So, first thing to note, understand, remember and never forget is that, a written pitch is not (just) pitch deck but also what you write on your website and on your emails.
Now that being clear, let’s move on to making you a lot cooler when talking to anyone:
When you start preparing your business pitch, you sit down with a pen and paper. You start writing.
Which is fine. Nothing wrong with that.
But what you often forget while this writing process is that – you are writing a pitch that you will ultimately SPEAK.
Which means, your audience – the pitchee – will not get to read it at his own pace but will have to listen to you and understand everything you’re saying immediately.
The difference between written and spoken pitches is that:
In a spoken pitch, your audience has to adapt to your speed of speaking and they have to immediately understand everything you say.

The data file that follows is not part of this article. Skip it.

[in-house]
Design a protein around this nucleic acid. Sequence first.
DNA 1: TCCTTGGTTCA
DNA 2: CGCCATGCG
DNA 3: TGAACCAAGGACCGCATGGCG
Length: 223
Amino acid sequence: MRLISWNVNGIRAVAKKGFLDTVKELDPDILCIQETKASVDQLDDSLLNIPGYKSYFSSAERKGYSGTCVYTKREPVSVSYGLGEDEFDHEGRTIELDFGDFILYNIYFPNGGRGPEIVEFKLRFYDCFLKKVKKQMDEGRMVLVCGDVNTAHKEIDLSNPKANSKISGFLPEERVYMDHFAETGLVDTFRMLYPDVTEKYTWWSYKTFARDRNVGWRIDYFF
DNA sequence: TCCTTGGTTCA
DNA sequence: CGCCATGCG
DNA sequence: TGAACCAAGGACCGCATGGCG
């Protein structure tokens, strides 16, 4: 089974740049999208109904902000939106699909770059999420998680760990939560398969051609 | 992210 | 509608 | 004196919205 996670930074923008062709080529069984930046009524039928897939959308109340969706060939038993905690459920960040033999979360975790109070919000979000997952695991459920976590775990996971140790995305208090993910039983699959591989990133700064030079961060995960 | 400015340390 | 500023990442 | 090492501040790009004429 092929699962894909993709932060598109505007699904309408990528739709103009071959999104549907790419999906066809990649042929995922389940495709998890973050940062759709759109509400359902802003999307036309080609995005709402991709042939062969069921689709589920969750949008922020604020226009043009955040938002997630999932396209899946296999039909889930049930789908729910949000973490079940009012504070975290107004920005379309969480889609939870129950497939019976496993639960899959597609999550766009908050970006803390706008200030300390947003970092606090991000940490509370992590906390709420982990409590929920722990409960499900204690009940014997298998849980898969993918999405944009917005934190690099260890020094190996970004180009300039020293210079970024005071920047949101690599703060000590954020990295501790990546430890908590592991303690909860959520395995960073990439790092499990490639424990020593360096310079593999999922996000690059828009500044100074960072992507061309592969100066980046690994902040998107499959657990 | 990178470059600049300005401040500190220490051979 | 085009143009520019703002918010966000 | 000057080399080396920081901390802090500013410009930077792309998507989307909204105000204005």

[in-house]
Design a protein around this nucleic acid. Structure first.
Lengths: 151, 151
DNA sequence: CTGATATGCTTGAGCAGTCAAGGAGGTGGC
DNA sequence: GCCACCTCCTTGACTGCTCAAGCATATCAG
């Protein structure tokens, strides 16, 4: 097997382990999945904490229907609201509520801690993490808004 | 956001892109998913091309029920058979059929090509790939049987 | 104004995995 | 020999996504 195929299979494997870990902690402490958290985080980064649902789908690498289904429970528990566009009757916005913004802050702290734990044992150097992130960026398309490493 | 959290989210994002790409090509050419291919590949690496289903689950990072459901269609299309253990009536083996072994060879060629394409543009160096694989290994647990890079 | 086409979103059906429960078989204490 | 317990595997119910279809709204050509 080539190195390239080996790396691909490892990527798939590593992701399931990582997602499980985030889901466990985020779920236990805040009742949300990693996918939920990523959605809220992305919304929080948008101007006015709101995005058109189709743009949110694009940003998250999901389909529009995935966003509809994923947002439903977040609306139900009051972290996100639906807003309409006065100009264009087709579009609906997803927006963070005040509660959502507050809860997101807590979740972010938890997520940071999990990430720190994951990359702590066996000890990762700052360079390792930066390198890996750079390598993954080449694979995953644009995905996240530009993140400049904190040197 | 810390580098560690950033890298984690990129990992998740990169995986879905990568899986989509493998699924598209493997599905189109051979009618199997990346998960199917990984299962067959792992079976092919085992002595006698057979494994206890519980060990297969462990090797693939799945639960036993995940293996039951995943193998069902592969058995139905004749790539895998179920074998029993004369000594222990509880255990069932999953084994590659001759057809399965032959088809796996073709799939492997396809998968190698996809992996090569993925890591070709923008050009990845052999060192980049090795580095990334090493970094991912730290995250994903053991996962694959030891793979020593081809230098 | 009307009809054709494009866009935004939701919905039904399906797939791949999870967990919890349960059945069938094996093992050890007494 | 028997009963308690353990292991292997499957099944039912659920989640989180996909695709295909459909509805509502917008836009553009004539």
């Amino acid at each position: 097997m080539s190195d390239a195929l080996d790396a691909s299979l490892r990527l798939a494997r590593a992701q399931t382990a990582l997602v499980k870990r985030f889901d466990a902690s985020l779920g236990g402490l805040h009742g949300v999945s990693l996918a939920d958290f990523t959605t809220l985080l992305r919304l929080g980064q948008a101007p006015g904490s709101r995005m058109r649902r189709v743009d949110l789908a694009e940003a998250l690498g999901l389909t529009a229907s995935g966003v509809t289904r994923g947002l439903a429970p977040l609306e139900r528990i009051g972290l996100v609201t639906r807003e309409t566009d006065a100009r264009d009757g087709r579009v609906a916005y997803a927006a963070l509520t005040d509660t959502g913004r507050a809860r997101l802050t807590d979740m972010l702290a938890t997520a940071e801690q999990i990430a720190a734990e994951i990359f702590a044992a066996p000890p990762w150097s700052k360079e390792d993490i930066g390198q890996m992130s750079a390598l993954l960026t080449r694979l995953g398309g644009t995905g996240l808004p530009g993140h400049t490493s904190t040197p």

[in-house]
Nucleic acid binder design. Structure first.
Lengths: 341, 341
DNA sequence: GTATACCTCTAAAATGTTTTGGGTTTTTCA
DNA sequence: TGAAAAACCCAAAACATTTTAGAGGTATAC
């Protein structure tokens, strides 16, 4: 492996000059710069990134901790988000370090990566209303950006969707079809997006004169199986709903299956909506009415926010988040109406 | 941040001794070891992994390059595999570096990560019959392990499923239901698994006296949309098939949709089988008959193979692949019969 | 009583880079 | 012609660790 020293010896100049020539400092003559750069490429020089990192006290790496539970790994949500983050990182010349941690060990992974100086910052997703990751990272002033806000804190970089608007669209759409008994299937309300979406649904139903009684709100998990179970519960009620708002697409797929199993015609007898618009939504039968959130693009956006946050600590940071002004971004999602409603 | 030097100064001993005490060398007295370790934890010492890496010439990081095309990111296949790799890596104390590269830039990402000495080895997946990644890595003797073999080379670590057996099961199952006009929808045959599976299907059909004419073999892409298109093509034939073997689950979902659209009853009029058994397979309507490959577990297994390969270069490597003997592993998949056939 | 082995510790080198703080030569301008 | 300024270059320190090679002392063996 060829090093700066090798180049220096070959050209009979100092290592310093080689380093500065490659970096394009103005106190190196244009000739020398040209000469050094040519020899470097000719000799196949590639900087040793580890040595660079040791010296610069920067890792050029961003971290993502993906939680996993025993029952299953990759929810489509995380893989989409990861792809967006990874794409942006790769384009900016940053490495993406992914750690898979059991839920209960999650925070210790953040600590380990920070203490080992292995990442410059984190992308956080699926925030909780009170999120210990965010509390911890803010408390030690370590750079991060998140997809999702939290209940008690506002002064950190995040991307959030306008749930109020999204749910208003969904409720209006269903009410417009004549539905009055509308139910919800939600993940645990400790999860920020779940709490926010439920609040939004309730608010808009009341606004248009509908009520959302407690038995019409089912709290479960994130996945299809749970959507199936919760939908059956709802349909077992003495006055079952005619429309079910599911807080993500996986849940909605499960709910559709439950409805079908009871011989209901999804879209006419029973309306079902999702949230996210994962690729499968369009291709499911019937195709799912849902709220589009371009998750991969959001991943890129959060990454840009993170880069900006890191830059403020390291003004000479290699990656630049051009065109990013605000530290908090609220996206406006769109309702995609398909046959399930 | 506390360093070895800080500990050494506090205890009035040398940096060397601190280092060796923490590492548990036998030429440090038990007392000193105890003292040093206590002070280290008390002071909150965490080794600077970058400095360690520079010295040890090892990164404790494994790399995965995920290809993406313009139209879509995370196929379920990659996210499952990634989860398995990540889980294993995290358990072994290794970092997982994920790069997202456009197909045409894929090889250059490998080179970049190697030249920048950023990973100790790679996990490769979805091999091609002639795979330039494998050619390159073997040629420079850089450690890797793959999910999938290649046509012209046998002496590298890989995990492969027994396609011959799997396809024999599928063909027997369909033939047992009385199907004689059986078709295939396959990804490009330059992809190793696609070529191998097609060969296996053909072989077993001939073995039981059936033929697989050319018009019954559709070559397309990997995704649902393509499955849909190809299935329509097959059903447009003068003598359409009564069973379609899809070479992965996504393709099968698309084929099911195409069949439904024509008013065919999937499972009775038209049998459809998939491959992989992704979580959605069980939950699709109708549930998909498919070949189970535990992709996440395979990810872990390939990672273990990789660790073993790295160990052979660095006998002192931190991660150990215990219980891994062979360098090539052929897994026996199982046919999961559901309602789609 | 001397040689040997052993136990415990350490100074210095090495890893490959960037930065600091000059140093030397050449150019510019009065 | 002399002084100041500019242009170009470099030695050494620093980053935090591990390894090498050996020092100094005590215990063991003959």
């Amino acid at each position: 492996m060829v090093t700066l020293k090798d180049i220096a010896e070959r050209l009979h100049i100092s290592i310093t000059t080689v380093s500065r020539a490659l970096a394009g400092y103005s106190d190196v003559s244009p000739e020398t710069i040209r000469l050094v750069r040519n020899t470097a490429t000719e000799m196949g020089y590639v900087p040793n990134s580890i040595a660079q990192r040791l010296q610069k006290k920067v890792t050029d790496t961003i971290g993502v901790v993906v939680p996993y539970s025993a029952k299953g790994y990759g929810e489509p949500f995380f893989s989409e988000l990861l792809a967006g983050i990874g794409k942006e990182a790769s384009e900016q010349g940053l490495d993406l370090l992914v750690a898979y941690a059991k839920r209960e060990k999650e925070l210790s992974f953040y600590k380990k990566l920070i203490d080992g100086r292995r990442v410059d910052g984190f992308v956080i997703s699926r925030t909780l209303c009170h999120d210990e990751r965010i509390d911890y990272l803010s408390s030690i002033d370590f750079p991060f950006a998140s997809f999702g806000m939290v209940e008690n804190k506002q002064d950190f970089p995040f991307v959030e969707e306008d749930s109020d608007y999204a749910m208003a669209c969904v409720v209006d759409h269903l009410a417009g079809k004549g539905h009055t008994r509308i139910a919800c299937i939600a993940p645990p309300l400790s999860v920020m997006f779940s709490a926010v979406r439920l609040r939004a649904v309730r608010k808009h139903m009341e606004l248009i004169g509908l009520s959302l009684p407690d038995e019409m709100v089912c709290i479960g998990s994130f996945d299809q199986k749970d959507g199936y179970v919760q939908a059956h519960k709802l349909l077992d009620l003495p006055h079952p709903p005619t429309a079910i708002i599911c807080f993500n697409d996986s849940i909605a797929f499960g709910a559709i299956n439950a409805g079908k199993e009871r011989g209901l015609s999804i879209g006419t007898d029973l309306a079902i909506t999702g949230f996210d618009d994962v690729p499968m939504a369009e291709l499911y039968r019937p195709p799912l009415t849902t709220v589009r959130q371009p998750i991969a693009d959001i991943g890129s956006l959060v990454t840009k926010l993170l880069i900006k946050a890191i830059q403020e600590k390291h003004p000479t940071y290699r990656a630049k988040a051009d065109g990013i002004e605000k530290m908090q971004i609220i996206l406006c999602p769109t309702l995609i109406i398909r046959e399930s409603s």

Because unlike a written pitch, they can’t re-read it or read it slowly.
They have much little time when you speak the pitch than when they read your pitch.
You hadn’t thought much about it till now, right? 😉
No worries, that’s why I exist.
# 1: Keep your creative writing for your written pitches.
# 2: Reserve your heavy-duty, difficult words for your written pitches
# 3: Use small sentences in the spoken pitch. In written, you may use longer, convoluted sentences
# 4: Have breaks more often in your spoken pitch
# 5: Share lesser and only the most vital information in your spoken pitch
Do you understand why I’m recommending the above?
If you don’t understand, write to me or choose the free 30-minute call from the right side-bar and I’ll explain.